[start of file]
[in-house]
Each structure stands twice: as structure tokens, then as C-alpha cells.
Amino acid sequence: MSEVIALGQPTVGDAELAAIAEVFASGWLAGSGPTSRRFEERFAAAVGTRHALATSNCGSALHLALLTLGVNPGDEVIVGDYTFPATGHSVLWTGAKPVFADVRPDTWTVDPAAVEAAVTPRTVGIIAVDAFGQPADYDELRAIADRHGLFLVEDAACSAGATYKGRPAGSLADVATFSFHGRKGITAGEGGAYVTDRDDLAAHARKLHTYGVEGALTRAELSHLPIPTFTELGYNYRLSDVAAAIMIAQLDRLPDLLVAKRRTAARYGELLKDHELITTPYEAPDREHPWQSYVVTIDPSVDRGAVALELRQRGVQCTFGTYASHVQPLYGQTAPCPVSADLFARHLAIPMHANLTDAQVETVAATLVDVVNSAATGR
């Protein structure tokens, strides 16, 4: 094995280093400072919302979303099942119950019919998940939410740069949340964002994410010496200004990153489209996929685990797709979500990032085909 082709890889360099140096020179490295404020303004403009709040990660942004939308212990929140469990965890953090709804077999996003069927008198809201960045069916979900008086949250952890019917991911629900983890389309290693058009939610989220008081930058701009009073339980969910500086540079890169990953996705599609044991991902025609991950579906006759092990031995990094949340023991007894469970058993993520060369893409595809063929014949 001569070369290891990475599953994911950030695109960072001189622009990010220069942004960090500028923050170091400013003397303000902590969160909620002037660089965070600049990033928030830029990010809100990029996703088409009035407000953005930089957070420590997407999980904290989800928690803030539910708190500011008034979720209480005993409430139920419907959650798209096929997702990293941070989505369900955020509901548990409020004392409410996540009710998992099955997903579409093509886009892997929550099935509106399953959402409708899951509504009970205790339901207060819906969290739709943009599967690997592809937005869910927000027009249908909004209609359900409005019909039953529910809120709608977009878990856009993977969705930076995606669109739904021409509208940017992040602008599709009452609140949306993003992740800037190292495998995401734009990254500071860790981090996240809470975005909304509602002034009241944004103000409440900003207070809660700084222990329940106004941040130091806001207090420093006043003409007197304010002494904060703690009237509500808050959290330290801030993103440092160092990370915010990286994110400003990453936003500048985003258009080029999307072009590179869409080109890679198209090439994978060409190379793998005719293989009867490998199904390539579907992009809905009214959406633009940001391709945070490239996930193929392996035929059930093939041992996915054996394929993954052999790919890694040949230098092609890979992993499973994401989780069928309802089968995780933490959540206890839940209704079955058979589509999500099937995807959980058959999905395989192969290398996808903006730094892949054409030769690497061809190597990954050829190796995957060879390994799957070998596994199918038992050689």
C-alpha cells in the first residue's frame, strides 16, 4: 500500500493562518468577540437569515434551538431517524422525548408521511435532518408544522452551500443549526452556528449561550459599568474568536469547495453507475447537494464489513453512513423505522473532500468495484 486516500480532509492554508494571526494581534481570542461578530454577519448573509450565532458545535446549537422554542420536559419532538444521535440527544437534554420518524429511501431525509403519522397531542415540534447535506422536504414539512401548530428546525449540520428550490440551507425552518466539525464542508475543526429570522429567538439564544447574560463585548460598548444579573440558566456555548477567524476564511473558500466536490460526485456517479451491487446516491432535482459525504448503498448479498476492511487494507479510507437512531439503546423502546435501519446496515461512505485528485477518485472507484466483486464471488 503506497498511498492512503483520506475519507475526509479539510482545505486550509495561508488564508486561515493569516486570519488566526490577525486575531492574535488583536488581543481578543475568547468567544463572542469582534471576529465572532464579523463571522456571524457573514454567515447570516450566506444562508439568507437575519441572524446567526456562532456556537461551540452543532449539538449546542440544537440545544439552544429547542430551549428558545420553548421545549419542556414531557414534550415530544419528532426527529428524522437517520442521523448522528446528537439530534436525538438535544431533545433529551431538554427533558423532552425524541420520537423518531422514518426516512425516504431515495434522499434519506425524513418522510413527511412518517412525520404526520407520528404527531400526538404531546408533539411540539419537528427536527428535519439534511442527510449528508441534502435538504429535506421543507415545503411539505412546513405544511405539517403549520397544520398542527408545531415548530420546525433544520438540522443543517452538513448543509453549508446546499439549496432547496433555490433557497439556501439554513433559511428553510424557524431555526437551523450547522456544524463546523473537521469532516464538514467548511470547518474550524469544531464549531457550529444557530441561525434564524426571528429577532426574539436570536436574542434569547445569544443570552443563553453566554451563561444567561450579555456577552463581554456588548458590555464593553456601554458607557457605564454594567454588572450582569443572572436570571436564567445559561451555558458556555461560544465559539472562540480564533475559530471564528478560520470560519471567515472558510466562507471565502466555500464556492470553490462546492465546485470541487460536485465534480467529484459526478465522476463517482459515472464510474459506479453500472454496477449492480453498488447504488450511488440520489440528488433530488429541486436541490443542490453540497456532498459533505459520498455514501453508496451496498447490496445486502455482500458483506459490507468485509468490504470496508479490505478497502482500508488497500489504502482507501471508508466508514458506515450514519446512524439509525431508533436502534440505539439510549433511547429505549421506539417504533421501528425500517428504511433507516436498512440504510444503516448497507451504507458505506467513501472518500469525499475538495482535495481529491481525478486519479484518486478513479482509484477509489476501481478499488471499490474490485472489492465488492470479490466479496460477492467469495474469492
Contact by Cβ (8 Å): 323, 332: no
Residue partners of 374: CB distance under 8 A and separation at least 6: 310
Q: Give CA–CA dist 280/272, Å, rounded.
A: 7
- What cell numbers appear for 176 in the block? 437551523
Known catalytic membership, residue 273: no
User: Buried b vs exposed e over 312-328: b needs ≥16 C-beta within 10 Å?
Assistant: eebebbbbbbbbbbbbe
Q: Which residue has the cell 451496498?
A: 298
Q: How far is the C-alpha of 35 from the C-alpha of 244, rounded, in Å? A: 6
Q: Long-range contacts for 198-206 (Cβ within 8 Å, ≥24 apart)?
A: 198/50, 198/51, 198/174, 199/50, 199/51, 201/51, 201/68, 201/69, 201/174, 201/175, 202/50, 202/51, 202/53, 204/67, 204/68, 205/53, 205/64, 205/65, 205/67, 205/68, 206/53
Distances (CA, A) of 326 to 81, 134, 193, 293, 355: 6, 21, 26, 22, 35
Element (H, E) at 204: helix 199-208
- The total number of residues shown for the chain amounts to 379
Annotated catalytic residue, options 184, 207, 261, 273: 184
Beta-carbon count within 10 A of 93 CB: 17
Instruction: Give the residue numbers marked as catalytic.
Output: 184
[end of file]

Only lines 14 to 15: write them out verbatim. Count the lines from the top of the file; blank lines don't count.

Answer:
Q: Which residue has the cell 451496498?
A: 298